The U.S. Lifesaving Association warns rip currents are the leading surf hazard to beachgoers can occur at any beach with breaking waves.
The association tells swimmer to avoid any area that shows signs of rip currents.
Officials from the association share the signs of rip currents. They include a channel of churning, choppy water, an area of water with a notable color difference, a break in the wave patterns and a line of foam and seaweed and debris moving steadily out to sea.
“Swimming at a lifeguard-monitored beach is the best way to stay safe,” said Katherine Cleary, aquatics supervisor with Pinellas County. She continues, “When conditions indicate rip currents may occur, we put up warning flags or in some cases close beaches to swimming altogether.”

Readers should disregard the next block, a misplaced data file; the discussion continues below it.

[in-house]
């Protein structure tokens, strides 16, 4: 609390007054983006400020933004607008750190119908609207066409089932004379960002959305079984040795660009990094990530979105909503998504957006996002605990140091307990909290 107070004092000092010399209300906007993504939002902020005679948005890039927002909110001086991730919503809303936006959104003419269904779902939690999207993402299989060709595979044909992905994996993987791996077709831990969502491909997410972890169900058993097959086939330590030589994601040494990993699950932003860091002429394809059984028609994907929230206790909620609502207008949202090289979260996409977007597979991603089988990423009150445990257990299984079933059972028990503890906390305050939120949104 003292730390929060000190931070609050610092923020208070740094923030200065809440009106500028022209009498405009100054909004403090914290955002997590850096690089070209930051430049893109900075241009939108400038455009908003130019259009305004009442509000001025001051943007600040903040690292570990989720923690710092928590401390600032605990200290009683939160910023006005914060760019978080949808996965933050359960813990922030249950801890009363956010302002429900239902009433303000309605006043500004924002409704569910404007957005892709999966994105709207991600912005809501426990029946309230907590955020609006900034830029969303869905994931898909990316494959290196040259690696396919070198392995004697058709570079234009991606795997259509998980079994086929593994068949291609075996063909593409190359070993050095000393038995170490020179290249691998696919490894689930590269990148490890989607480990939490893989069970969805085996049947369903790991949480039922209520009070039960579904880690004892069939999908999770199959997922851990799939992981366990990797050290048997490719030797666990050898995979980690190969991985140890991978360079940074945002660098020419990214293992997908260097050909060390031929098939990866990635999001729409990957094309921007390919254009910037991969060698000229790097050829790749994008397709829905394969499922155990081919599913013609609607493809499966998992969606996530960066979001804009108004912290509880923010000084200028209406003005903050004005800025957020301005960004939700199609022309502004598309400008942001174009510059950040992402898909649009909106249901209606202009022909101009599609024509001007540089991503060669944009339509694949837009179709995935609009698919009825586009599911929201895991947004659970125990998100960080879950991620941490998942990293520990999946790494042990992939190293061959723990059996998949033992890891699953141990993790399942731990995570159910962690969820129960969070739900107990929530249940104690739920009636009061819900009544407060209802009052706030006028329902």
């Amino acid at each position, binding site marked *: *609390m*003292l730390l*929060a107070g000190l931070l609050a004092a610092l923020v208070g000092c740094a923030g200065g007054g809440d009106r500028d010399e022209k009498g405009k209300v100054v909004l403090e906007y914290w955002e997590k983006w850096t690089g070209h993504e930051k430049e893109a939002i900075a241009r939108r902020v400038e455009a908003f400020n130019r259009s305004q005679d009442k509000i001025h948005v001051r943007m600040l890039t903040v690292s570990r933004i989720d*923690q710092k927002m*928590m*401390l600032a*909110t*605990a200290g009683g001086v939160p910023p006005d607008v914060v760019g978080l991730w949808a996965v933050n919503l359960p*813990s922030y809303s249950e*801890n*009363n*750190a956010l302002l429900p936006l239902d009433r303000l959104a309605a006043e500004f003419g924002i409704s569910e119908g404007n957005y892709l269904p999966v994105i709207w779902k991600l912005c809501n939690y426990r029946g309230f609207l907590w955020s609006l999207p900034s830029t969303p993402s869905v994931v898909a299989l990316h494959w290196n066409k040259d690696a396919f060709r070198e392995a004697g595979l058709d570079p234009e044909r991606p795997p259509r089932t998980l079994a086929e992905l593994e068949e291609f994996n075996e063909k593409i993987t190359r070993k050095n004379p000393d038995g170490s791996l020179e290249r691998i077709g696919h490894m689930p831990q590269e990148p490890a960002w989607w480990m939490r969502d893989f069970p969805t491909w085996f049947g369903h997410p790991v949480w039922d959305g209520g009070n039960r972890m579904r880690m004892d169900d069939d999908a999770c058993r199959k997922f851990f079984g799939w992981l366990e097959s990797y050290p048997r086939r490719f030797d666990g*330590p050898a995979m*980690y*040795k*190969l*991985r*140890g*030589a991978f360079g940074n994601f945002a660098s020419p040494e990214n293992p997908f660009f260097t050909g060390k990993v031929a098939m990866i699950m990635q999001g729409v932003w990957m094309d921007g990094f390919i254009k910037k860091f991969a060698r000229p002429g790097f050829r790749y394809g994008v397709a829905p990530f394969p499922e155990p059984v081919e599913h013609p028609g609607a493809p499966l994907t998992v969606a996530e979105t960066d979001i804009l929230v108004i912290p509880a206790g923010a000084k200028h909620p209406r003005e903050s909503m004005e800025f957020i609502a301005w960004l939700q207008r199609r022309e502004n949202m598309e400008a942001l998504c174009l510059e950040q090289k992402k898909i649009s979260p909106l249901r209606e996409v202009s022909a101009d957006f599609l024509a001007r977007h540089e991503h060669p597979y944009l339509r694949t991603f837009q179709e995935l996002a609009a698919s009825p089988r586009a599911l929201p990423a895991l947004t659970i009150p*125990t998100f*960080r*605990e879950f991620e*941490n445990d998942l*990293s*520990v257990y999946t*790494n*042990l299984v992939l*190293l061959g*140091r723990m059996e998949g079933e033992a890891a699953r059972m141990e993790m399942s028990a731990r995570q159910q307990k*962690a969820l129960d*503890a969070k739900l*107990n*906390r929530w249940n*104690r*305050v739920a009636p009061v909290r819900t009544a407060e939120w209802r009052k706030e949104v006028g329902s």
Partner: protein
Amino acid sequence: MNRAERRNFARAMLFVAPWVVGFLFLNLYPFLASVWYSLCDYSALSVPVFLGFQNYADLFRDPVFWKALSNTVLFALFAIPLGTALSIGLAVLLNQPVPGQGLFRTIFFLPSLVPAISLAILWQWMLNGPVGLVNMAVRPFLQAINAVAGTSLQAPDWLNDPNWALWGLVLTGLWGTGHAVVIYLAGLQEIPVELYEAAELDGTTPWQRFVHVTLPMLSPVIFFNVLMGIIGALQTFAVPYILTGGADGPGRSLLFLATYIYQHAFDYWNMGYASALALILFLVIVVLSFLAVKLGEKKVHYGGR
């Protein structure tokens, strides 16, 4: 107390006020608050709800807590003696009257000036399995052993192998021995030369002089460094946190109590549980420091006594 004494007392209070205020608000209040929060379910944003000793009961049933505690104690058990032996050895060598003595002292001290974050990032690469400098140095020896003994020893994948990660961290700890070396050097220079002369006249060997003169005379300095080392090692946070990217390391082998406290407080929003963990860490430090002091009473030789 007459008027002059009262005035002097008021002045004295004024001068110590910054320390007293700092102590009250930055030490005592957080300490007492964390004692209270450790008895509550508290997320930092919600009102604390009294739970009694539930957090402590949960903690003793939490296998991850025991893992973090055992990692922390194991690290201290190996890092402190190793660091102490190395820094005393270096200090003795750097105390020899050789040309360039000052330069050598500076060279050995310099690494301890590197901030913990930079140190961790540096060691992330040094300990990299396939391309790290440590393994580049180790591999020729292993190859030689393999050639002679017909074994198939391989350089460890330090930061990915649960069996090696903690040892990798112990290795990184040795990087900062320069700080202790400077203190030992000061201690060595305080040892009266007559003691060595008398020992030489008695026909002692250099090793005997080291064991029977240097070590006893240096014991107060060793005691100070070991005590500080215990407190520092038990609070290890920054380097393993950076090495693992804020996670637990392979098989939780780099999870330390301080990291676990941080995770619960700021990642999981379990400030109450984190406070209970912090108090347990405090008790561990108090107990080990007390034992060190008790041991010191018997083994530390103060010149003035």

Officials say if you are caught in a rip current, remain calm, swim out of the current in a direction following the shoreline or float and tread water until out of the current. Once you are out of the current swim towards shore. If you are unable to reach shore draw attention and yell for help.